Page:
Lavonne Byers triumphs as Mae West in the City Players production of Dirty Blonde. She is supported by the offstage work of costumer Teresa Doggett, who created the luscious gowns, wigs and hats that Byers so believably inhabits and by the onstage work of Kevin Beyer and Christopher Hickey, playing numerous roles in a script too complicated for its own good. Byers as West is the corset of this production, providing spine and cleavage in appropriate measures.
Dirty Blonde is a study in performing femininity. West begins as a performer too raunchy for the vaudeville circuit, learns how to play a vamp from drag queens and finds her niche as the naughty, corseted platinum blonde. Frozen in this image forever, Mae is now a Halloween costume, a cutout caricature that lingers in one-liners and clips from Oscar nights. We can place her on a continuum of costume-savvy performers, with Cleopatra and Queen Elizabeth I on one end and Madonna and RuPaul on the other.
Byers slips silkily in and out of West's character, moving between the various stages of West's life and the contemporary story of Jo and Charlie, both obsessive Mae West fans. Jo is meant to be a modern shadow of Mae, foul-mouthed and independent, but both she and Charlie pale in comparison to Mae and her men. In the original production, Jo and Mae were performed by playwright Claudia Shear. Perhaps her own personality was meant to fill in the blanks of Jo's character, but as written, the Jo-and-Charlie scenes sometimes seem flat.
"Obsession grants the patience to really fine-tune the details," Jo tells us early on. It's details that break and make this production. Charlie, at age seventeen, meets an aged Mae West (possibly in 1980, the year she died). The Charlie-and-Jo storyline is set in 2002. This would make Charlie at least 39, but the Charlie we see looks hardly out of his twenties, a confusing detail. Using noncostumed stage crew as minor characters also detracts from the show -- a black-clad stagehand appearing in the midst of a fully costumed scene is jarring. The scene changes are quick and functional but take us completely out of the style of the show. Having them do the changes as a vaudeville act or at least accompanied by music would have kept the show's momentum going.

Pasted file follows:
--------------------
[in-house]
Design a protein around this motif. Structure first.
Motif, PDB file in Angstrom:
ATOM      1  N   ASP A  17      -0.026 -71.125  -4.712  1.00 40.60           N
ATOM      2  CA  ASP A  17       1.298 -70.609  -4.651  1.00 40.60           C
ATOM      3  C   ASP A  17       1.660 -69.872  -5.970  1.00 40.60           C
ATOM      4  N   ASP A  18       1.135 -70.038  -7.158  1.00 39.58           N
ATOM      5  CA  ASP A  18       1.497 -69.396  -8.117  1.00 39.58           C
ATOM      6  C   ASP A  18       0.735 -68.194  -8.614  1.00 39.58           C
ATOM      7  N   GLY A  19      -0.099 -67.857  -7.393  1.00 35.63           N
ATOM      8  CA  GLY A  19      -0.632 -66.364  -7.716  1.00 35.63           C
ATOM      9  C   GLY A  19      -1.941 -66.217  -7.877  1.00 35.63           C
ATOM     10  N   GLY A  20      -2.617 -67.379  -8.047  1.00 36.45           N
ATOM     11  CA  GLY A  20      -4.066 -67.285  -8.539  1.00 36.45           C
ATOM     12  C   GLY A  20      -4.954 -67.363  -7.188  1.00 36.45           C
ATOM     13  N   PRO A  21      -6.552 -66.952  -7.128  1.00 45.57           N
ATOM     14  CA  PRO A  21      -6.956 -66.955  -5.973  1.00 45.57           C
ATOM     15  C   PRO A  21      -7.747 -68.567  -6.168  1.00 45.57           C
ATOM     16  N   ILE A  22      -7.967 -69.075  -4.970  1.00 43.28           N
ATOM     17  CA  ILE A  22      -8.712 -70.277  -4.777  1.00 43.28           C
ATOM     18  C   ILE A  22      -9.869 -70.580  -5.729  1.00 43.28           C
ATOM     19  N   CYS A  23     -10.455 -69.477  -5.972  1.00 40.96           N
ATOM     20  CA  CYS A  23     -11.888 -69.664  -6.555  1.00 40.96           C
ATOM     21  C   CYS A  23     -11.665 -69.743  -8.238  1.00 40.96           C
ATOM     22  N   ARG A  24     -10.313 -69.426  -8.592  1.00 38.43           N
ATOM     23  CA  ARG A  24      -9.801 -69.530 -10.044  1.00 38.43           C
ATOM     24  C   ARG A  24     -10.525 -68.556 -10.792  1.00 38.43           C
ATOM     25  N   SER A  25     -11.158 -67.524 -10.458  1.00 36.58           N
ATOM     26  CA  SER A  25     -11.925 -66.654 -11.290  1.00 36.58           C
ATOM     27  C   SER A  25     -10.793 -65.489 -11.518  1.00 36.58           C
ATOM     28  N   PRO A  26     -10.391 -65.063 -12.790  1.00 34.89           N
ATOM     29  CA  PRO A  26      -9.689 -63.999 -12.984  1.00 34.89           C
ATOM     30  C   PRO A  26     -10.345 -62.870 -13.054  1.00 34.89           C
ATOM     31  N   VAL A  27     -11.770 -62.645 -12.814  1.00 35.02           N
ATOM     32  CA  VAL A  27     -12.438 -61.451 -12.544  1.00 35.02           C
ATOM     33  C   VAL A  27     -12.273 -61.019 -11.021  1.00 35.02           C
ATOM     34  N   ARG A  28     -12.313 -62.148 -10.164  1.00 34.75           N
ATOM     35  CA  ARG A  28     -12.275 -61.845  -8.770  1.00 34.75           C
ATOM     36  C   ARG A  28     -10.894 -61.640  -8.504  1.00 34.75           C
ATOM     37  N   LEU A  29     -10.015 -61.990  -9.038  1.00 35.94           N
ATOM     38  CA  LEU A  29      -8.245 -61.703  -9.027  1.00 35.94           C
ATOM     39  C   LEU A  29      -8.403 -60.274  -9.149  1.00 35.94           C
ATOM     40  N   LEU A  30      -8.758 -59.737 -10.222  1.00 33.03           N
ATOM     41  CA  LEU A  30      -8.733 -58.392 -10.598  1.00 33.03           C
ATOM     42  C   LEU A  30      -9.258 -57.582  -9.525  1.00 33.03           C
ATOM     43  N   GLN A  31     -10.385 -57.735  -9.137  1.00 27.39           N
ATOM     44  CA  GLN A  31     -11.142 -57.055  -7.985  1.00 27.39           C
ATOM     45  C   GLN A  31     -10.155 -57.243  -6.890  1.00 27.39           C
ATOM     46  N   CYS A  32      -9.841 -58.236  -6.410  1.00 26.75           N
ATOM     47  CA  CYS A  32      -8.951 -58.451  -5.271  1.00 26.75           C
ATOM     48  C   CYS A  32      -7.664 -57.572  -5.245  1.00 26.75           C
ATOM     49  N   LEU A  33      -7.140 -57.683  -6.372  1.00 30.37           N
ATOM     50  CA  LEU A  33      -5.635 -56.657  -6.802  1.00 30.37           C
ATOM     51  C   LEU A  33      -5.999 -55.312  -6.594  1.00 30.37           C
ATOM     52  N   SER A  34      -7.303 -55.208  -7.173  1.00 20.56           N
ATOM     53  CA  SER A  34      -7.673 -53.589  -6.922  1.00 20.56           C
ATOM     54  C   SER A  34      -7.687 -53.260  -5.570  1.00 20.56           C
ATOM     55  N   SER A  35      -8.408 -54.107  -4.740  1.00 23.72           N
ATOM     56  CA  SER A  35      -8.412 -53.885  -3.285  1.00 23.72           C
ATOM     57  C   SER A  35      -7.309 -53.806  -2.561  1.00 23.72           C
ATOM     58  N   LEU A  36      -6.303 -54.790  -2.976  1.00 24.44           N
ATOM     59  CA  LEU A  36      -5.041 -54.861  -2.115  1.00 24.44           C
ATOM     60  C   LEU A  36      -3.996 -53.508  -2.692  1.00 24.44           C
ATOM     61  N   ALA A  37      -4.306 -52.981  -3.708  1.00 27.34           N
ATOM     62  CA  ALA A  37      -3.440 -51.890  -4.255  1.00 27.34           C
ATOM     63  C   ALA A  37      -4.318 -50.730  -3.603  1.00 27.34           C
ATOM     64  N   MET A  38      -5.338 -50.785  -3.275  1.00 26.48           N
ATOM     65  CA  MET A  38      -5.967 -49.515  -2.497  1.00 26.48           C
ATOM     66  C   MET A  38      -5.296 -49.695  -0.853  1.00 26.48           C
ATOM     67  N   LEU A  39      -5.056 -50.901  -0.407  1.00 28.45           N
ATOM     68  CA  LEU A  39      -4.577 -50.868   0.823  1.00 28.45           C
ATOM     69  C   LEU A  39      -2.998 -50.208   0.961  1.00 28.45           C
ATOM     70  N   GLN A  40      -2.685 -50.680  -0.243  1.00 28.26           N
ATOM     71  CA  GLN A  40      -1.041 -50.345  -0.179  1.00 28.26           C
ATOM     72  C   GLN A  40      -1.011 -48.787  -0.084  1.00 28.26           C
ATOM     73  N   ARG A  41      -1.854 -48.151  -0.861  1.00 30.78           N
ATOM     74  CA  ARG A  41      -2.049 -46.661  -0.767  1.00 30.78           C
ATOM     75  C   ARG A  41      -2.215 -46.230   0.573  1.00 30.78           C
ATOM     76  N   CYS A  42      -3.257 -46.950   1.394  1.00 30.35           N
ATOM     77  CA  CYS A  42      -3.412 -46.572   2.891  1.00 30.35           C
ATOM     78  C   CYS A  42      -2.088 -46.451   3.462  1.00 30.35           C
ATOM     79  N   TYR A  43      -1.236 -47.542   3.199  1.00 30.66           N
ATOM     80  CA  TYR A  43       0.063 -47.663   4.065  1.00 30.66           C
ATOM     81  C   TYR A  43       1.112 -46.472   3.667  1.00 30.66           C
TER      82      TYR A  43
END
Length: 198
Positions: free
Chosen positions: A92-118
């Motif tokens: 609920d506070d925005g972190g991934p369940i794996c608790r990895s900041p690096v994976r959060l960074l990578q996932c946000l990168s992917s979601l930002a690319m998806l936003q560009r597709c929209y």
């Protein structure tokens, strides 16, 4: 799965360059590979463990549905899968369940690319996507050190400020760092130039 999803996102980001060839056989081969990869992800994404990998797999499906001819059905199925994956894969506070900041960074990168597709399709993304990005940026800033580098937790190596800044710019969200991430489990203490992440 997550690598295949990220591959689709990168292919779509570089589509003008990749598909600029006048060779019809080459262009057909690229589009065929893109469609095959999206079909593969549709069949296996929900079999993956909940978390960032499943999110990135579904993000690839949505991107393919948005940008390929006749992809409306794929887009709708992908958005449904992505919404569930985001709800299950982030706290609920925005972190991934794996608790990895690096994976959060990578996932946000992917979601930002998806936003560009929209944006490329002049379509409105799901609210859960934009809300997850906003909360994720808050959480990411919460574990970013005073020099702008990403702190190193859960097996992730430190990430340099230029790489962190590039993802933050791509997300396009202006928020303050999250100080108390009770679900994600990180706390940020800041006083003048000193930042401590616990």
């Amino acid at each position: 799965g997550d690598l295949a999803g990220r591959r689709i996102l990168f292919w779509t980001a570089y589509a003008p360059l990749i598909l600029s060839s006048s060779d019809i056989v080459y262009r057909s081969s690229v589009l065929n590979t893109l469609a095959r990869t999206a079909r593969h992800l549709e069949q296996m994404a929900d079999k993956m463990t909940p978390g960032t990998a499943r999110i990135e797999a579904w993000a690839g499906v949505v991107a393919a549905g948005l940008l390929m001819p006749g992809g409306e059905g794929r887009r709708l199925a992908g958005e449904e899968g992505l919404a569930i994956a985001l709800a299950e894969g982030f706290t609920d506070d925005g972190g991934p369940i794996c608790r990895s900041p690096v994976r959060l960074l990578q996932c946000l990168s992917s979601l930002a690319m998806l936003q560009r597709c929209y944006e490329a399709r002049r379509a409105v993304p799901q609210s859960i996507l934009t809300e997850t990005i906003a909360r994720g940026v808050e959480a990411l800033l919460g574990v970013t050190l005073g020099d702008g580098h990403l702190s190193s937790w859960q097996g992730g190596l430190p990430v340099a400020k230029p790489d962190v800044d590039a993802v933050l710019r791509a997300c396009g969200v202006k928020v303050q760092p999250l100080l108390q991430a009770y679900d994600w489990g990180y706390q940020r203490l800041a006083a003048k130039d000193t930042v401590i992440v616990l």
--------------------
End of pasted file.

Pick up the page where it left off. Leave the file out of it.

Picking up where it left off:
The first act begins and ends with a raplike sequence in which the actors tell us about being a "tough girl" -- another overwritten aspect of the play. Shear's use of self-conscious theatricality clashes with the spirit of Mae's life. West was all about appearances and maintaining control; Brechtian techniques such as visible stage crews and newspaper-headline-strewn sets are meant to expose the machinery behind the magic, to open dialogue and share the power. The juxtaposition just isn't necessary: Mae's life and frozen persona are a lesson in themselves; the awkward relationship of Jo and Charlie makes its own points without informational monologues from the characters.
Fortunately, the actors provide details that redeem the writing. Beyer as Ed Hearn and Hickey as drag queen Duchess teach Mae how to move "like a lady" in a marvelously faceted scene. In another touchingly real moment, with Mae onstage singing as "Diamond Lil," we see Beyer, as Hearn, watching from the wings and mouthing the words with her. This tiny detail reveals the relationship between Hearn and West without excess -- a moment that playwright Shear should well note.
The final tableau is both unexpected and hilarious. It's possible that Shear started with that moment and worked her way backward through the story, creating characters and situations that could culminate in the surprise ending. Our journey through her time-jumping, overly theatrical song-and-dance script may be bumpy at times, but we're in a great mood by the end. This was my first time in the Theatre at St. John's, where the comfortable seating and nightclub atmosphere added to the pleasure of the experience. If this Mae play sounds intriguing, make your reservations today, for, as West reminds us, "He who hesitates is a damned fool."